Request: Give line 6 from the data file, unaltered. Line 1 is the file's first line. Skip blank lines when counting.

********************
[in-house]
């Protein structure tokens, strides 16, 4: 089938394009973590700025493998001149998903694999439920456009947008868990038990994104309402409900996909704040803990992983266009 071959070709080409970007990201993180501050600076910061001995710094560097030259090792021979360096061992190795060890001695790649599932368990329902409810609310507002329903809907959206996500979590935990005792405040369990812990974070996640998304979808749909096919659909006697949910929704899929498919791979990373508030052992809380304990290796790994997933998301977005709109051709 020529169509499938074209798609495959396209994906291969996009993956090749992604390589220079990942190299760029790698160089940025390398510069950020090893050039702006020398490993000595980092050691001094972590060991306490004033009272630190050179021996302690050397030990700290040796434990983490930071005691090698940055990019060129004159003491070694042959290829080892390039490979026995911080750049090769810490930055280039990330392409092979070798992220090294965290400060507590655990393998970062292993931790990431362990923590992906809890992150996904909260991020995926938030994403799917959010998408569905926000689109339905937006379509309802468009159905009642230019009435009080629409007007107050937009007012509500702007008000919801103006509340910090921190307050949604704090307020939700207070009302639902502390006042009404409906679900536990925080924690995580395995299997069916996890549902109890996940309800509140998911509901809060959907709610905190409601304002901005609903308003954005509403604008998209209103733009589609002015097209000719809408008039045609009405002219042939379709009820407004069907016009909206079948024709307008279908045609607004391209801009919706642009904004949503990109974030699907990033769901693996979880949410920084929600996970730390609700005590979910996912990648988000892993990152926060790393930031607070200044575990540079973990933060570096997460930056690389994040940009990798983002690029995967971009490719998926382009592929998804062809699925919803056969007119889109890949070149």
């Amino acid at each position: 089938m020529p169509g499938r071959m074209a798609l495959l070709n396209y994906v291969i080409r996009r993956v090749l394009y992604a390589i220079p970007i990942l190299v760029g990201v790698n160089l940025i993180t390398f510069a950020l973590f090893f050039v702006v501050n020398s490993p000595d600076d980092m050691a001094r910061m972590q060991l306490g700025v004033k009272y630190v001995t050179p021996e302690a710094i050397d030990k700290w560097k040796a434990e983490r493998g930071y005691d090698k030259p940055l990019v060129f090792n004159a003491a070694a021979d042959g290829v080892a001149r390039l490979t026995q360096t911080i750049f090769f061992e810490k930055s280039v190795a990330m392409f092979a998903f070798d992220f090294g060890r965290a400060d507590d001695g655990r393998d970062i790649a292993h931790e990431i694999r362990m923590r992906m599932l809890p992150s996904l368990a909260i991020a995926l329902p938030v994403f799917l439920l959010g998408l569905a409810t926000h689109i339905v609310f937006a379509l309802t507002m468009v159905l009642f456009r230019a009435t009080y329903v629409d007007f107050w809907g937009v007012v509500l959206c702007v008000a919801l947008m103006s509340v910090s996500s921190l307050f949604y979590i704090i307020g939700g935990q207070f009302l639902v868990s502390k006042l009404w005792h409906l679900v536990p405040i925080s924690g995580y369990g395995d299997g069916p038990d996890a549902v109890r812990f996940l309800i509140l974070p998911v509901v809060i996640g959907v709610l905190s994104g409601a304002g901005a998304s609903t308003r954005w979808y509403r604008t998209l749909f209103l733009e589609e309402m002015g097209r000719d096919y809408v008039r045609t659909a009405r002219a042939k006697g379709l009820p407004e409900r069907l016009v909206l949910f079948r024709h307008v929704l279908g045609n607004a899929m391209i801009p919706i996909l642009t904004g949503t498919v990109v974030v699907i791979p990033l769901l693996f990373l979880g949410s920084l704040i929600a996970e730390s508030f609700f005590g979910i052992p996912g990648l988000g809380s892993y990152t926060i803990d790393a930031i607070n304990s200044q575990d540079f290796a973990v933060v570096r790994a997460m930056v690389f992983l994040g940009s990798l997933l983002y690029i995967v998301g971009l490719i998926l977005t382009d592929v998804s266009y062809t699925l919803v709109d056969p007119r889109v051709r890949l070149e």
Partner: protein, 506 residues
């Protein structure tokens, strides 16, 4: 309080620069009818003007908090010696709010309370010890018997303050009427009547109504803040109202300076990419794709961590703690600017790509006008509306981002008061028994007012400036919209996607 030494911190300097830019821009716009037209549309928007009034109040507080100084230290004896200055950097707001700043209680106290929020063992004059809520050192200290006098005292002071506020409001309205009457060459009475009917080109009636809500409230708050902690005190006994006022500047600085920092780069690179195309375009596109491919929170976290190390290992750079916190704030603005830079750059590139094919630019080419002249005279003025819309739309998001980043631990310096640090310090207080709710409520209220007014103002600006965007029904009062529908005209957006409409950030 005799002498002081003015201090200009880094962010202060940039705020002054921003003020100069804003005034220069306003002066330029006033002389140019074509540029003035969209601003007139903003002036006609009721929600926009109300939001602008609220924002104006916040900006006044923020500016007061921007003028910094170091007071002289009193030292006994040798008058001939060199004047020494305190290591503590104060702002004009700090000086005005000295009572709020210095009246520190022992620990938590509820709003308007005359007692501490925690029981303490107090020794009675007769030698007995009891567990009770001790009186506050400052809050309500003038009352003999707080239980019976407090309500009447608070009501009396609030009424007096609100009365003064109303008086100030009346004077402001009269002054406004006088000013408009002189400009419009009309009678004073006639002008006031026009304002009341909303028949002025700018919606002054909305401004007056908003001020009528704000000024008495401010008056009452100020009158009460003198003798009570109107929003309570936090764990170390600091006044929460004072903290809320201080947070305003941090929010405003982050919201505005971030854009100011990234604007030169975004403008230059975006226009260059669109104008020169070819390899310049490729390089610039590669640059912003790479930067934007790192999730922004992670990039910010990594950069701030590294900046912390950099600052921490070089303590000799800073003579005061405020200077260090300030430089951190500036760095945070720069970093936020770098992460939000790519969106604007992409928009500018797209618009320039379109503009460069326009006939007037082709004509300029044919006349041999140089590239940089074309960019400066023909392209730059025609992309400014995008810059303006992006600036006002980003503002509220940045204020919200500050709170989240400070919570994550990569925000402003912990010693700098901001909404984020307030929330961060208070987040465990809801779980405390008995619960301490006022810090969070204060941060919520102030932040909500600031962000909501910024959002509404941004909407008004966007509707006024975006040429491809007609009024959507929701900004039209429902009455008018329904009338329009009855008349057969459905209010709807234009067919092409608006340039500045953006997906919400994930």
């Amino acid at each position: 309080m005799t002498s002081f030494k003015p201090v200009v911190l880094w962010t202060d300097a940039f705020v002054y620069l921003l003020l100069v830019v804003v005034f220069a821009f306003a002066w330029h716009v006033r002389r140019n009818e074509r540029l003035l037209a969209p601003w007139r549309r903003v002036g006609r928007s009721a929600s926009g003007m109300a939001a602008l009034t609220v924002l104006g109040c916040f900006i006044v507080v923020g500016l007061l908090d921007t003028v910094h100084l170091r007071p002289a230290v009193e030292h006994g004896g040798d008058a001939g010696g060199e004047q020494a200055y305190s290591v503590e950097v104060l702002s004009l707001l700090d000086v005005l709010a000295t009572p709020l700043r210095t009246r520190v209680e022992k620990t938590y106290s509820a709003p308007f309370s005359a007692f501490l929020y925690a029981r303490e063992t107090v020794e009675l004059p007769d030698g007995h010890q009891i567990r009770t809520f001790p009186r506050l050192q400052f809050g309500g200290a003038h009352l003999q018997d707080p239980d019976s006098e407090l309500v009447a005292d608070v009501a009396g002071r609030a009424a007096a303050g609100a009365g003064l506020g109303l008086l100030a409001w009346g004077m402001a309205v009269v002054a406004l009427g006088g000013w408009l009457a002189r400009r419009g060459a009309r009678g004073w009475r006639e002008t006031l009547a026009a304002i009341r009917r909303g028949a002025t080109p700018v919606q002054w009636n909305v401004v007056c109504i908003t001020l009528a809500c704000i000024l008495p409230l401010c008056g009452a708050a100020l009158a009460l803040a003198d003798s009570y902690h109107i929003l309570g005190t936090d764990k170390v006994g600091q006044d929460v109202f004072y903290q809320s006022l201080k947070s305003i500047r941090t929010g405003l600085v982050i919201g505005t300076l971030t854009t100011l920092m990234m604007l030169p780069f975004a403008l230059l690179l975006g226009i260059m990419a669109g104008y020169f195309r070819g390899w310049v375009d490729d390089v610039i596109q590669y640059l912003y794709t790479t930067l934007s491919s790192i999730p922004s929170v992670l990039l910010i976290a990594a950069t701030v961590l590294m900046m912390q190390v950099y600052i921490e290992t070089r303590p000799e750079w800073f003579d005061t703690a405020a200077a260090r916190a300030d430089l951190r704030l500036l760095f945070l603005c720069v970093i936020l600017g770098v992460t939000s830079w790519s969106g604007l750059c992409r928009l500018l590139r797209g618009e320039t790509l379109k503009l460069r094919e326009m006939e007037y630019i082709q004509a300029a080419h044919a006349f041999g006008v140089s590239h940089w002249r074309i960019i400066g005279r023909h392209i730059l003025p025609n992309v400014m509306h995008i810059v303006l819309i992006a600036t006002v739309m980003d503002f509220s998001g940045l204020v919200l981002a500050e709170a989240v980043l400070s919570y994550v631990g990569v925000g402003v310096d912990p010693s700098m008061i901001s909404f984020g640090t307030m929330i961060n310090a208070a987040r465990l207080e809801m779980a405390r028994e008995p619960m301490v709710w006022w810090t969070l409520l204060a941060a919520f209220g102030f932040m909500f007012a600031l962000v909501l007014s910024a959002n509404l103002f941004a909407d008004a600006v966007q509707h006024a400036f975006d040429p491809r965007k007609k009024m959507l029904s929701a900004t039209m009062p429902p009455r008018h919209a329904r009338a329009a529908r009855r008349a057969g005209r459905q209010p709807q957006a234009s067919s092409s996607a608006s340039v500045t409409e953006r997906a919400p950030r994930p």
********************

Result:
């Amino acid at each position: 309080m005799t002498s002081f030494k003015p201090v200009v911190l880094w962010t202060d300097a940039f705020v002054y620069l921003l003020l100069v830019v804003v005034f220069a821009f306003a002066w330029h716009v006033r002389r140019n009818e074509r540029l003035l037209a969209p601003w007139r549309r903003v002036g006609r928007s009721a929600s926009g003007m109300a939001a602008l009034t609220v924002l104006g109040c916040f900006i006044v507080v923020g500016l007061l908090d921007t003028v910094h100084l170091r007071p002289a230290v009193e030292h006994g004896g040798d008058a001939g010696g060199e004047q020494a200055y305190s290591v503590e950097v104060l702002s004009l707001l700090d000086v005005l709010a000295t009572p709020l700043r210095t009246r520190v209680e022992k620990t938590y106290s509820a709003p308007f309370s005359a007692f501490l929020y925690a029981r303490e063992t107090v020794e009675l004059p007769d030698g007995h010890q009891i567990r009770t809520f001790p009186r506050l050192q400052f809050g309500g200290a003038h009352l003999q018997d707080p239980d019976s006098e407090l309500v009447a005292d608070v009501a009396g002071r609030a009424a007096a303050g609100a009365g003064l506020g109303l008086l100030a409001w009346g004077m402001a309205v009269v002054a406004l009427g006088g000013w408009l009457a002189r400009r419009g060459a009309r009678g004073w009475r006639e002008t006031l009547a026009a304002i009341r009917r909303g028949a002025t080109p700018v919606q002054w009636n909305v401004v007056c109504i908003t001020l009528a809500c704000i000024l008495p409230l401010c008056g009452a708050a100020l009158a009460l803040a003198d003798s009570y902690h109107i929003l309570g005190t936090d764990k170390v006994g600091q006044d929460v109202f004072y903290q809320s006022l201080k947070s305003i500047r941090t929010g405003l600085v982050i919201g505005t300076l971030t854009t100011l920092m990234m604007l030169p780069f975004a403008l230059l690179l975006g226009i260059m990419a669109g104008y020169f195309r070819g390899w310049v375009d490729d390089v610039i596109q590669y640059l912003y794709t790479t930067l934007s491919s790192i999730p922004s929170v992670l990039l910010i976290a990594a950069t701030v961590l590294m900046m912390q190390v950099y600052i921490e290992t070089r303590p000799e750079w800073f003579d005061t703690a405020a200077a260090r916190a300030d430089l951190r704030l500036l760095f945070l603005c720069v970093i936020l600017g770098v992460t939000s830079w790519s969106g604007l750059c992409r928009l500018l590139r797209g618009e320039t790509l379109k503009l460069r094919e326009m006939e007037y630019i082709q004509a300029a080419h044919a006349f041999g006008v140089s590239h940089w002249r074309i960019i400066g005279r023909h392209i730059l003025p025609n992309v400014m509306h995008i810059v303006l819309i992006a600036t006002v739309m980003d503002f509220s998001g940045l204020v919200l981002a500050e709170a989240v980043l400070s919570y994550v631990g990569v925000g402003v310096d912990p010693s700098m008061i901001s909404f984020g640090t307030m929330i961060n310090a208070a987040r465990l207080e809801m779980a405390r028994e008995p619960m301490v709710w006022w810090t969070l409520l204060a941060a919520f209220g102030f932040m909500f007012a600031l962000v909501l007014s910024a959002n509404l103002f941004a909407d008004a600006v966007q509707h006024a400036f975006d040429p491809r965007k007609k009024m959507l029904s929701a900004t039209m009062p429902p009455r008018h919209a329904r009338a329009a529908r009855r008349a057969g005209r459905q209010p709807q957006a234009s067919s092409s996607a608006s340039v500045t409409e953006r997906a919400p950030r994930p």